Jeanne M. Liedtka is a faculty member at the University of Virginia's Darden School of Business and former chief learning officer at United Technologies Corporation, where she was responsible for overseeing all activities associated with corporate learning and development for the Fortune 50 corporation, including executive education, career development processes, employer-sponsored education and learning portal and web-based activities.
At Darden, where she formerly served as associate dean of the MBA program and as executive director of the Batten Institute, Jeanne works with both MBAs and executives in the areas of design thinking, innovation and leading growth. Her passion is exploring how organizations can engage employees at every level in thinking creatively about the design of powerful futures.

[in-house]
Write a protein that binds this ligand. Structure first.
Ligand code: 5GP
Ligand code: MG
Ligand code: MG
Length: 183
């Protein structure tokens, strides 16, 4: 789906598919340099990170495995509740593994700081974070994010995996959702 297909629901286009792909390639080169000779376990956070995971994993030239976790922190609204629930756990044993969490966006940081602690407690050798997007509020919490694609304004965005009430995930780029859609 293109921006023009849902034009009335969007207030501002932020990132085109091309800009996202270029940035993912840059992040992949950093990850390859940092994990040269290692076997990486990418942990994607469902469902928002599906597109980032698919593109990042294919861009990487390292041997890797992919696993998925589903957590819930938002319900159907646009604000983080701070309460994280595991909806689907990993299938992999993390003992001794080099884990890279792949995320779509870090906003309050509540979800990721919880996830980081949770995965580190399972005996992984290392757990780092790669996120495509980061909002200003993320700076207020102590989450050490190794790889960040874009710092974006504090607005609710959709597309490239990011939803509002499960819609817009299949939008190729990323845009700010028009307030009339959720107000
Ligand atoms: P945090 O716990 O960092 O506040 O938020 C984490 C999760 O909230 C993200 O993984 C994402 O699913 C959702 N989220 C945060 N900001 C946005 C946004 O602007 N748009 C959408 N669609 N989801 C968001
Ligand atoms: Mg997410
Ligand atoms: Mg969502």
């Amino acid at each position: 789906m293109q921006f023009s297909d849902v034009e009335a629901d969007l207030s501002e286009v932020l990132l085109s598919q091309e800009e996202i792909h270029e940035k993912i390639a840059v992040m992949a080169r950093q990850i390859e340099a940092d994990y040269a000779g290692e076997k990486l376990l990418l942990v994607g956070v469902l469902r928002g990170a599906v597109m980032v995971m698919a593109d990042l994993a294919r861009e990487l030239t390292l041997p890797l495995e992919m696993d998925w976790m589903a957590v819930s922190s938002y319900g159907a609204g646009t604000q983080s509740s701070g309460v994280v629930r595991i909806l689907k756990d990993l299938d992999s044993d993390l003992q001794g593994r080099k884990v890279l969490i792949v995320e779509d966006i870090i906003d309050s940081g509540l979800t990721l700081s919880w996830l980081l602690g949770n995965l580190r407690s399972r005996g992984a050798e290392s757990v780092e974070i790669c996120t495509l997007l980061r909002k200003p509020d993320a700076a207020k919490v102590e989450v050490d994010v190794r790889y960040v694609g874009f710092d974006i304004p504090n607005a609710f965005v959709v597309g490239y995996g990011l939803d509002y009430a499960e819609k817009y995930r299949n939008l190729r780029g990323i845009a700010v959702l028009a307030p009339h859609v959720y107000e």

Jeanne's current research focuses on design-led innovation in the government and social sector, as does her forthcoming book, Designing for the Greater Good. Her previous books include: The Catalyst; How You Can Lead Extraordinary Growth (winner of the Business Week best innovation books of 2009); Designing for Growth: A Design Thinking Tool Kit for Managers (winner of the 1800 CEO READ best management book of 2011) and its accompanying field guide, The Designing for Growth Field Book: A Step by Step Guide; The Physics of Business Growth: Mindsets, System and Process; and Solving Business Problems with Design Thinking: Ten Stories of What Works.
What is Design Thinking?
Design thinking is a problem-solving approach with a unique set of qualities: it is human centered, possibility driven, option focused, and iterative. We ask the question “What if anything were possible?” as we begin to create ideas. We focus on generating multiple options and avoid putting all our eggs in one particular solution basket. Because we are guessing about our stakeholders’ needs and wants, we also expect to be wrong sometimes. So we want to put multiple irons in the fire and let our stakeholders tell us which work for them. We want to manage a portfolio of new ideas.